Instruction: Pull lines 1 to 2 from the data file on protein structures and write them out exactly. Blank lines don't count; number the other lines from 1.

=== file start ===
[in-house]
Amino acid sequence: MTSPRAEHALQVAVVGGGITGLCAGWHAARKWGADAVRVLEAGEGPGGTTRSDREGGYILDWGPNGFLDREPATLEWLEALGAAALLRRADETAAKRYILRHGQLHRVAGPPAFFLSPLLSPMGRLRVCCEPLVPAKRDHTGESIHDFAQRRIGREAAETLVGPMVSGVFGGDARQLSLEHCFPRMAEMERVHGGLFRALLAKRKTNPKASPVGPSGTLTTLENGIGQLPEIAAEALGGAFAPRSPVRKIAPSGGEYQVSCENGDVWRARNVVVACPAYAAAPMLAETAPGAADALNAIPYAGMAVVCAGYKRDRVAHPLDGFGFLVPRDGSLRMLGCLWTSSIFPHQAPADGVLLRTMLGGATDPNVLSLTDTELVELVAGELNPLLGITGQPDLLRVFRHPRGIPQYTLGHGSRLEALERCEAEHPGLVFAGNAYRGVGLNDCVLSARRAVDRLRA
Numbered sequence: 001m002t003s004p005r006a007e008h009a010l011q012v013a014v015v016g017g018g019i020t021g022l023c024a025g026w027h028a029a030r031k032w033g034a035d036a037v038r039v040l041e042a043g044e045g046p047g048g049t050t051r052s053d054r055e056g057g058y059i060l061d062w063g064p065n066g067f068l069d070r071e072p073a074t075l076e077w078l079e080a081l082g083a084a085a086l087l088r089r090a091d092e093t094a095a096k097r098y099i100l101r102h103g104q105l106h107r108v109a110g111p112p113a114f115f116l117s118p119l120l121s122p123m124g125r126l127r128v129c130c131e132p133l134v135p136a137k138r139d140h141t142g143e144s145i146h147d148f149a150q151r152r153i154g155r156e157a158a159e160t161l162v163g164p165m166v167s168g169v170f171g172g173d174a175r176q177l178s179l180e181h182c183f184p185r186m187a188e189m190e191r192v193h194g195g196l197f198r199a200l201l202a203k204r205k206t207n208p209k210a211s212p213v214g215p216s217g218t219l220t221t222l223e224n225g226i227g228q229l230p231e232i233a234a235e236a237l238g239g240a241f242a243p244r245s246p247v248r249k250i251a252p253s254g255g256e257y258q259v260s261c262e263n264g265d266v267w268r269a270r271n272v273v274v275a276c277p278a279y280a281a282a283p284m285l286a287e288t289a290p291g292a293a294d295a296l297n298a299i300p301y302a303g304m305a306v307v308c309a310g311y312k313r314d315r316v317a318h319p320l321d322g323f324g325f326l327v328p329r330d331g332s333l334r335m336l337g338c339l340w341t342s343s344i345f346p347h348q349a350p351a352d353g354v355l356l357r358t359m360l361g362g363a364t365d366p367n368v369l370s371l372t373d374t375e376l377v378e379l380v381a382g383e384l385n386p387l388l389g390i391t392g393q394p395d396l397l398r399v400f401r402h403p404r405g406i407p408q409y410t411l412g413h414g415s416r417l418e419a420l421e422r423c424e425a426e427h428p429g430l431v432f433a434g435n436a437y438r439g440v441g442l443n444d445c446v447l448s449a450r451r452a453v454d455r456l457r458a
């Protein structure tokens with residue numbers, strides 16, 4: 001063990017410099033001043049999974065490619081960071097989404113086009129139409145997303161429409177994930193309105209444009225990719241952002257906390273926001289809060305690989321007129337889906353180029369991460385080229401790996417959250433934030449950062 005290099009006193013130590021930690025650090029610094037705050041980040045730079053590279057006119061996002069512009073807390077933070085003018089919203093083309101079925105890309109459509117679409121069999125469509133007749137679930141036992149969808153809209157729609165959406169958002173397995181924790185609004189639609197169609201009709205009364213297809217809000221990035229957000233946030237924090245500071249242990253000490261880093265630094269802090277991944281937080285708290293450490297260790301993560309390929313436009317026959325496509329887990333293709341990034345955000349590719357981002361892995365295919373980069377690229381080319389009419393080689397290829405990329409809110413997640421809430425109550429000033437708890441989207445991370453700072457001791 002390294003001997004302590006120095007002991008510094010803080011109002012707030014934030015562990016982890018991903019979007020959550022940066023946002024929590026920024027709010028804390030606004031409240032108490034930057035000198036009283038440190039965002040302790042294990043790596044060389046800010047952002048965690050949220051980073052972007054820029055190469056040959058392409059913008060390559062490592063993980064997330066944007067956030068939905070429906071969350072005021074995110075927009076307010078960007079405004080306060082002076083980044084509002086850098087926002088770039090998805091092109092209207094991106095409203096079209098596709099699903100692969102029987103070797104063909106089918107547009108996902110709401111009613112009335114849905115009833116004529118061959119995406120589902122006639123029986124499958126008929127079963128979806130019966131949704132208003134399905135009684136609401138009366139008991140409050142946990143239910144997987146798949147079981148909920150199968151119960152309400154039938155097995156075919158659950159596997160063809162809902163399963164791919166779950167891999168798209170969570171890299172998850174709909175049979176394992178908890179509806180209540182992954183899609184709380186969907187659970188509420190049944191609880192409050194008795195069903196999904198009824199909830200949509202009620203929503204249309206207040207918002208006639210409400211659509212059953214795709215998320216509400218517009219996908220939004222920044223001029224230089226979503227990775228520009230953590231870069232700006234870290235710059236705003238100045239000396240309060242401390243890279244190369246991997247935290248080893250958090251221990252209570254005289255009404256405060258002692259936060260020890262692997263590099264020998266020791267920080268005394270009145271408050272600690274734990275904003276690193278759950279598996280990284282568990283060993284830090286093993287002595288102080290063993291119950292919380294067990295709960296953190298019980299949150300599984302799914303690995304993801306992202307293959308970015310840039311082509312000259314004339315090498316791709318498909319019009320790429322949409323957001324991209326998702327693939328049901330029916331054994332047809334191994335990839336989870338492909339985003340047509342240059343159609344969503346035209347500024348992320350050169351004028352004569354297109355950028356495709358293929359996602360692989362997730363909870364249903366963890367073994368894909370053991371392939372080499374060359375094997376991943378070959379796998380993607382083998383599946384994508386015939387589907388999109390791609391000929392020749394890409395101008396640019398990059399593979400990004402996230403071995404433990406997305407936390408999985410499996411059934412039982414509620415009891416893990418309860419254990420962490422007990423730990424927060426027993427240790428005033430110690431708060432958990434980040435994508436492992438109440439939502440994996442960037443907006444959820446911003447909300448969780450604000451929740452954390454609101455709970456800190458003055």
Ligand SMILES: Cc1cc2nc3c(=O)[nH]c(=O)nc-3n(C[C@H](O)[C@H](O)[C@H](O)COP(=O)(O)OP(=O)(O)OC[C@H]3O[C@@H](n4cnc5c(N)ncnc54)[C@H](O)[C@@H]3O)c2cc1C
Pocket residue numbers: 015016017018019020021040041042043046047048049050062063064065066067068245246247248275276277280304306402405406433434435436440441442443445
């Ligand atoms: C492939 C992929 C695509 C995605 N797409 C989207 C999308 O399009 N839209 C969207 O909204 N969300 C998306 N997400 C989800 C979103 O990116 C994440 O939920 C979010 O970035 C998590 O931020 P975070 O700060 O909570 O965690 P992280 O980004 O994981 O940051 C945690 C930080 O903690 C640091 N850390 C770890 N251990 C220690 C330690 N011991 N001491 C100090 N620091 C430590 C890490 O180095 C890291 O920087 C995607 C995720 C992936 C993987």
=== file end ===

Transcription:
[in-house]
Amino acid sequence: MTSPRAEHALQVAVVGGGITGLCAGWHAARKWGADAVRVLEAGEGPGGTTRSDREGGYILDWGPNGFLDREPATLEWLEALGAAALLRRADETAAKRYILRHGQLHRVAGPPAFFLSPLLSPMGRLRVCCEPLVPAKRDHTGESIHDFAQRRIGREAAETLVGPMVSGVFGGDARQLSLEHCFPRMAEMERVHGGLFRALLAKRKTNPKASPVGPSGTLTTLENGIGQLPEIAAEALGGAFAPRSPVRKIAPSGGEYQVSCENGDVWRARNVVVACPAYAAAPMLAETAPGAADALNAIPYAGMAVVCAGYKRDRVAHPLDGFGFLVPRDGSLRMLGCLWTSSIFPHQAPADGVLLRTMLGGATDPNVLSLTDTELVELVAGELNPLLGITGQPDLLRVFRHPRGIPQYTLGHGSRLEALERCEAEHPGLVFAGNAYRGVGLNDCVLSARRAVDRLRA